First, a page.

#1 Cat Complaint: Scratching
(And What You Can Do About It)

Bradley Phifer

It’s extremely frustrating to find that the cat has snagged the couch, ripped a hole in the curtains or left marks on the window sill. When these situations occur it’s easy to feel like your cat may be angry or upset with you. Many owners feel the only alternative is to re-home the cat or call the vet to have him declawed. Please understand your cat is not acting out of spite, anger or jealousy. Your feelings of frustration are normal and now it is time to find a solution.

The good news is you don’t have to live with a destroyed house, nor do you need to have your cat declawed. There are a number of ways to allow your cat to take part in this natural behavior and still live harmoniously with him. Before we can discuss ways to decrease destruction to our home, we must understand the motivation behind our cat’s scratching behavior.

Cats scratch as a way of:

  • Marking Territory: Using the scent glands in their pads, along with their claws, scratching allows them to leave a mark that says “this space is taken.”
  • Relieving Stress: It is common to see a cat increase his scratching when he is stressed due to inner cat conflict, stray animals in the yard or stress from unpleasant owner interactions.
  • Maintenance: Scratching allows our cats to remove the outer layer of the nail which ensures their claws are healthy.
  • Stretching: As your cat stretches his back he will naturally flex his claws.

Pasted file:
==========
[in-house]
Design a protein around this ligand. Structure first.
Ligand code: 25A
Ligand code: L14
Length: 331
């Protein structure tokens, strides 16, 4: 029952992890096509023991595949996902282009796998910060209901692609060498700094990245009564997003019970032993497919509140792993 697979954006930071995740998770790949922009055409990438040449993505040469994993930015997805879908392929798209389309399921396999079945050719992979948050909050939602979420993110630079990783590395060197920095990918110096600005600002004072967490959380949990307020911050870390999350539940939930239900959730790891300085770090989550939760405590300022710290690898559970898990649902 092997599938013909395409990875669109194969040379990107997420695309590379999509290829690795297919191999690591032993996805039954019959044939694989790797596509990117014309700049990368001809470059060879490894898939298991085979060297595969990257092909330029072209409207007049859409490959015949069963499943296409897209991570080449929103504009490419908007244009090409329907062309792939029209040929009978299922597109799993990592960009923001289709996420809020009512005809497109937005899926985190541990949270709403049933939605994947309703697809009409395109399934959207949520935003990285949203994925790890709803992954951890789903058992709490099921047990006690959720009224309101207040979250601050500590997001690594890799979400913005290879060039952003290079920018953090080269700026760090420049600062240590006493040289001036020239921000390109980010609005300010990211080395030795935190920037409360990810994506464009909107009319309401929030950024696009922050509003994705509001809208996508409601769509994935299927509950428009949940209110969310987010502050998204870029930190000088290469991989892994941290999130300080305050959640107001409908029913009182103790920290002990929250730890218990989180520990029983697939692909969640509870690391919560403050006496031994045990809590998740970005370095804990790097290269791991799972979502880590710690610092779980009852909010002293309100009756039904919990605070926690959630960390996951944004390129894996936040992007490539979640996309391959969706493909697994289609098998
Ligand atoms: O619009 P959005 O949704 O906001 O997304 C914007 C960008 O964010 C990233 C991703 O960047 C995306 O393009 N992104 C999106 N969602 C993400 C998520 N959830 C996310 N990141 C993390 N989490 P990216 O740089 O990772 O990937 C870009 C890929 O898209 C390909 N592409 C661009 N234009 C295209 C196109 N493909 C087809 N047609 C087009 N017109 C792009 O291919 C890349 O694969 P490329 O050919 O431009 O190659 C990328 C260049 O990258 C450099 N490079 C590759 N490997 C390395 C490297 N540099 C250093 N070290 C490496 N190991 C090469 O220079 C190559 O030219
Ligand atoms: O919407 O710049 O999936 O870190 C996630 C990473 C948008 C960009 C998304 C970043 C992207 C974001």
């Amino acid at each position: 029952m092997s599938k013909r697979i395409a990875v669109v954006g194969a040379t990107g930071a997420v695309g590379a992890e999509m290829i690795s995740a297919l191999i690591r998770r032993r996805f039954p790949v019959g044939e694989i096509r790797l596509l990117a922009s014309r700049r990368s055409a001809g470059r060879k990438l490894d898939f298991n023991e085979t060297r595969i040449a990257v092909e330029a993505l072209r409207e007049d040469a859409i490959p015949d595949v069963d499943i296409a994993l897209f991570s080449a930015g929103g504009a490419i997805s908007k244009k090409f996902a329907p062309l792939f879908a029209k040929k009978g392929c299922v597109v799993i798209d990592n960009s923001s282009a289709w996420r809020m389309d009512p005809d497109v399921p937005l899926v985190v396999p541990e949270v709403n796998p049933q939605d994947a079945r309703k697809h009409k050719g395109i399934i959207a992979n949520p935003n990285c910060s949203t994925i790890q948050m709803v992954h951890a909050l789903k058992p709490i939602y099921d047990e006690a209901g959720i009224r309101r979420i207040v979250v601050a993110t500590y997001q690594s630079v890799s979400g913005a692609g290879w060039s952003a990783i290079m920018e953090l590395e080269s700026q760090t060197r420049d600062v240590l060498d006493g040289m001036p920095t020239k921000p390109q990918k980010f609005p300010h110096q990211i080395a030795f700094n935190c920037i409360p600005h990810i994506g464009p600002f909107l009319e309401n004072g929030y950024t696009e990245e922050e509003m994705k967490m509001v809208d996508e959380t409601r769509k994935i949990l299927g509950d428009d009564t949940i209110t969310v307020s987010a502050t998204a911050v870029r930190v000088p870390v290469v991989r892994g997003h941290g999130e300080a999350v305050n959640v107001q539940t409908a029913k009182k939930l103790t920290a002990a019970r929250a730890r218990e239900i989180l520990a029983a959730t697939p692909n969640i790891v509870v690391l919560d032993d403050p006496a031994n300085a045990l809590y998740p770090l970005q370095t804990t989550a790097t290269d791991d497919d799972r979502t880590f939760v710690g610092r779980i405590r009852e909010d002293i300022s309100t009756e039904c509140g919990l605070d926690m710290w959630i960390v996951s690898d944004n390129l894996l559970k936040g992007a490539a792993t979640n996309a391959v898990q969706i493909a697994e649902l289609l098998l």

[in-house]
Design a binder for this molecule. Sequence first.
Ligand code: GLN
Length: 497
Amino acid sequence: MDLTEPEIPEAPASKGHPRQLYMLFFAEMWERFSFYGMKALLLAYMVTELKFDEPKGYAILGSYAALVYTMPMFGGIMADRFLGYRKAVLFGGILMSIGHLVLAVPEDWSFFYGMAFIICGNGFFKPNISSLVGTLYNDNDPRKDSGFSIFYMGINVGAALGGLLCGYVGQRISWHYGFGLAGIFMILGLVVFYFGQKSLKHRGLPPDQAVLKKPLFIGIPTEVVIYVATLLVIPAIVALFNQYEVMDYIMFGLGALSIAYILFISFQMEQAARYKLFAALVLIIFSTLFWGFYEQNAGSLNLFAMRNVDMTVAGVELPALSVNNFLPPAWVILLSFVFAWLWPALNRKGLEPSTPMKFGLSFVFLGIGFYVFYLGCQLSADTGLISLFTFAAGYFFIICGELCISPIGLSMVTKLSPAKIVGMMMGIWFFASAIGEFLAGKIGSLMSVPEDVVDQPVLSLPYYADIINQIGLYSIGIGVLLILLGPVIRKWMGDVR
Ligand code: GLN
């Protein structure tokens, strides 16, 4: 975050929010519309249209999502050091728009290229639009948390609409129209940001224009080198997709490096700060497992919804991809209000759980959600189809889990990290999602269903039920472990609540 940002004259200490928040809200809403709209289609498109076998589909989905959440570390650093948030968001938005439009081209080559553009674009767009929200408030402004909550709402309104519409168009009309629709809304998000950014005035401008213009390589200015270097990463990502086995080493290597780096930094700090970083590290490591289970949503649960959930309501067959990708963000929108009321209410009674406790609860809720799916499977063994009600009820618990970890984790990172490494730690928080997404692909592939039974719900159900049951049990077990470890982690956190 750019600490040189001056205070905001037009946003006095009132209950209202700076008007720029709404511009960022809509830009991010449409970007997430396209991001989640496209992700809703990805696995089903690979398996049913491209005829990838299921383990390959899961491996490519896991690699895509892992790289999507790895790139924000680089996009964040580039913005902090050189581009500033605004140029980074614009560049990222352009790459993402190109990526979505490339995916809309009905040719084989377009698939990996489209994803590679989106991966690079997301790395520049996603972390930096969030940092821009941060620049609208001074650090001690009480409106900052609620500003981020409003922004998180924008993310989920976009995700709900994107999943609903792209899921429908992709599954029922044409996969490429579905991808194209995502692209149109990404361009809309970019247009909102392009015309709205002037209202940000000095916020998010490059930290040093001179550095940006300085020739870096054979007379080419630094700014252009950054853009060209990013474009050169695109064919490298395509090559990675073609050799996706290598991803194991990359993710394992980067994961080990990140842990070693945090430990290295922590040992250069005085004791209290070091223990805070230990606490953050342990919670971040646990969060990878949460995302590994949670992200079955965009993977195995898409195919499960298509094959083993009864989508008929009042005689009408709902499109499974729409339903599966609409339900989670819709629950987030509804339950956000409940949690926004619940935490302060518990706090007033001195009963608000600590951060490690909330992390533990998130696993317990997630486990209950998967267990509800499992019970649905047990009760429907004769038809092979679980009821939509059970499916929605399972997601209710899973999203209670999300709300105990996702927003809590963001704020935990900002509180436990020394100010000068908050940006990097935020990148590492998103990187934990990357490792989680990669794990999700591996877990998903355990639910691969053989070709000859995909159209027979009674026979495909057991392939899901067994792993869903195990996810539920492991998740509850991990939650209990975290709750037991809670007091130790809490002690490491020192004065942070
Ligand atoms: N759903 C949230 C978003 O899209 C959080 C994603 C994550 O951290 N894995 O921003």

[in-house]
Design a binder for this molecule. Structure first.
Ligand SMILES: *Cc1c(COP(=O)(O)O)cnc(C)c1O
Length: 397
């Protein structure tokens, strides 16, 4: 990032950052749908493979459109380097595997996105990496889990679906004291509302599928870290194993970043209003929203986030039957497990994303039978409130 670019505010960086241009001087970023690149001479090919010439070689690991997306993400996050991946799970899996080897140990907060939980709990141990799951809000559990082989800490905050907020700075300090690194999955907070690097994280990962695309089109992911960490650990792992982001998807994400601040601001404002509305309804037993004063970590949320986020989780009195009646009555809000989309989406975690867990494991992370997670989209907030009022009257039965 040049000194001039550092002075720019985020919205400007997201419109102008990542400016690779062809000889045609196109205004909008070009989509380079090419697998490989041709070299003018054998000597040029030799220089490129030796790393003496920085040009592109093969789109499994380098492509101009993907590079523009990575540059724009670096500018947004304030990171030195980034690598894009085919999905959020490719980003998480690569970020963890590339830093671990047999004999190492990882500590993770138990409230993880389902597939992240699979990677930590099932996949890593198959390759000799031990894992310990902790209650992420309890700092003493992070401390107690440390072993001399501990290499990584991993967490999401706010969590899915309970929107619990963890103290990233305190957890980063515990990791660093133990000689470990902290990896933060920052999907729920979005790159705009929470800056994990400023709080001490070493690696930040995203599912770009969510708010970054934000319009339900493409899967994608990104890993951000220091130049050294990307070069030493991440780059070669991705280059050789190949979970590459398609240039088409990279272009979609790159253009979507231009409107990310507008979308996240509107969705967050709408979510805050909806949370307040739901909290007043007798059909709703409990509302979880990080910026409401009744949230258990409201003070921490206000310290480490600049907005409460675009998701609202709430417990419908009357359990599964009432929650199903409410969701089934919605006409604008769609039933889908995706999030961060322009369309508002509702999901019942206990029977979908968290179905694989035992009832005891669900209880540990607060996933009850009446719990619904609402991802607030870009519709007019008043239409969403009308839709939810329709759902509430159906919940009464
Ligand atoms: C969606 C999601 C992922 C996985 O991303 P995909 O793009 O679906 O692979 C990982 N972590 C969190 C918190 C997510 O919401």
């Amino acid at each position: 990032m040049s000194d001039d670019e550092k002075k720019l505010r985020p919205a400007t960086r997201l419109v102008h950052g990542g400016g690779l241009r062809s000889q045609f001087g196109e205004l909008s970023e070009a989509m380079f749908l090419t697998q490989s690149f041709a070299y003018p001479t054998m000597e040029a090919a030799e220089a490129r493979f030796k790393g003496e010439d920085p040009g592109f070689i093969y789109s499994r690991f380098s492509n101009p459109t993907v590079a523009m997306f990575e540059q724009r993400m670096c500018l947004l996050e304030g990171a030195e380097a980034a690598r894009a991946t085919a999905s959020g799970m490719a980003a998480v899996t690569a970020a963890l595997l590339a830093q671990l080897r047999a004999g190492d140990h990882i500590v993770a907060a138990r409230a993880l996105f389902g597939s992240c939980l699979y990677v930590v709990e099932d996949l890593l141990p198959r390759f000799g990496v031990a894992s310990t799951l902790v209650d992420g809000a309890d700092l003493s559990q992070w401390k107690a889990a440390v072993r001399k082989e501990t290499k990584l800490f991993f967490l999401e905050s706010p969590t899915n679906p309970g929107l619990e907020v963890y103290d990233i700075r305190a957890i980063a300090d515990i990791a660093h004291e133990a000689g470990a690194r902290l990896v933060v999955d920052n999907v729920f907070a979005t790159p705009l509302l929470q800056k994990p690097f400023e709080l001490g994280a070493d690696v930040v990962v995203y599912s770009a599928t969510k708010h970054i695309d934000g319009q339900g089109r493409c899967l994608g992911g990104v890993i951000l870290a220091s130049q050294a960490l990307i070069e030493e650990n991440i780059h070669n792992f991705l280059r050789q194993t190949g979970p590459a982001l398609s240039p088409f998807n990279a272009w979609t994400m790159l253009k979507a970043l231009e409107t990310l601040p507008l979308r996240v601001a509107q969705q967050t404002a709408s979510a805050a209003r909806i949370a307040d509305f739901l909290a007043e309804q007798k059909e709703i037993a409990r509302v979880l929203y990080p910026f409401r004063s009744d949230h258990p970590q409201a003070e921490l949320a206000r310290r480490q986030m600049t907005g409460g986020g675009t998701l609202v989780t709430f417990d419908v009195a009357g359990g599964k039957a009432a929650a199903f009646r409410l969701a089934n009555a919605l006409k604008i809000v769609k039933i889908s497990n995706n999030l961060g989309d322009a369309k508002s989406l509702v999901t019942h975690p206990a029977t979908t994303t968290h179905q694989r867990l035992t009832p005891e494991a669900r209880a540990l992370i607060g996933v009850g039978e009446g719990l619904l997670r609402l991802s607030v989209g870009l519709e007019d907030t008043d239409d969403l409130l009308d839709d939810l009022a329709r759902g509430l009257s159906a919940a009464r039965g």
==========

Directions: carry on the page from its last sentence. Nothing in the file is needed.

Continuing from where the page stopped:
How can I stop my cat from scratching?

Scratching is a normal, functional cat behavior. The goal isn’t to stop him from scratching. The goal is to offer him appealing alternatives and train him to understand what items are appropriate to scratch.

Common recommendations such as spraying the cat with water, making loud noises or tossing a can of coins at him when you notice he is scratching may stop his behavior in the moment, but are typically ineffective at modifying the behavior long term.

The problem with this use of punishment is that your cat will not necessarily understand why you are tossing coins at him or squirting him with water. You may increase his stress and make your cat distrustful of you; both can increase undesired behavior. The other downside to the typical recommendations is the cat simply learns not scratch in your presence; no one speeds in front of cops.

How can I train my cat not to scratch my furniture?

  1. Offer him an appealing Scratching Post. You are considering his perspective, not your own.
  2. Hang room deodorizers, or use cat repellant next to the object of your cat’s scratching desire.
  3. Consult with your veterinarian about using Feliway, a pheromone based product.
  4. Cover the item with an undesirable material such as sandpaper, sticky-paws tape designed for cats, or plastic carpet runner (pointy side out). The material will need to stay on for several weeks while you train your cat to use the new scratching toys you provide.
 

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